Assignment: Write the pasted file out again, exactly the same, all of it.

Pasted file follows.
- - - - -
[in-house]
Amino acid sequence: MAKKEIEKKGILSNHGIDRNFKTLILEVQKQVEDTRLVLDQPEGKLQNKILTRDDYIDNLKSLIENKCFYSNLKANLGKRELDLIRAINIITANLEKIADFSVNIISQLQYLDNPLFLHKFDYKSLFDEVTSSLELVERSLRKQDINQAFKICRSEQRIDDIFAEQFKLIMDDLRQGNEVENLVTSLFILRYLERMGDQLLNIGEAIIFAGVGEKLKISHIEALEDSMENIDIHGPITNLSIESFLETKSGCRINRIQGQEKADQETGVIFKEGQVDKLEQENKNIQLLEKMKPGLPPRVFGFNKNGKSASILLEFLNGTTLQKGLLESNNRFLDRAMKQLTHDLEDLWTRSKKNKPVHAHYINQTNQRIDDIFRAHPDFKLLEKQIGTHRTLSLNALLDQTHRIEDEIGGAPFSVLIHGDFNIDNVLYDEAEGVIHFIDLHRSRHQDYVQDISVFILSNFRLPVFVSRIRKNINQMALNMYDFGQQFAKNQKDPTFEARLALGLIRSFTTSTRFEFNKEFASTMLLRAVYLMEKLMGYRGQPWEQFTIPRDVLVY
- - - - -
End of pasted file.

[in-house]
Amino acid sequence: MAKKEIEKKGILSNHGIDRNFKTLILEVQKQVEDTRLVLDQPEGKLQNKILTRDDYIDNLKSLIENKCFYSNLKANLGKRELDLIRAINIITANLEKIADFSVNIISQLQYLDNPLFLHKFDYKSLFDEVTSSLELVERSLRKQDINQAFKICRSEQRIDDIFAEQFKLIMDDLRQGNEVENLVTSLFILRYLERMGDQLLNIGEAIIFAGVGEKLKISHIEALEDSMENIDIHGPITNLSIESFLETKSGCRINRIQGQEKADQETGVIFKEGQVDKLEQENKNIQLLEKMKPGLPPRVFGFNKNGKSASILLEFLNGTTLQKGLLESNNRFLDRAMKQLTHDLEDLWTRSKKNKPVHAHYINQTNQRIDDIFRAHPDFKLLEKQIGTHRTLSLNALLDQTHRIEDEIGGAPFSVLIHGDFNIDNVLYDEAEGVIHFIDLHRSRHQDYVQDISVFILSNFRLPVFVSRIRKNINQMALNMYDFGQQFAKNQKDPTFEARLALGLIRSFTTSTRFEFNKEFASTMLLRAVYLMEKLMGYRGQPWEQFTIPRDVLVY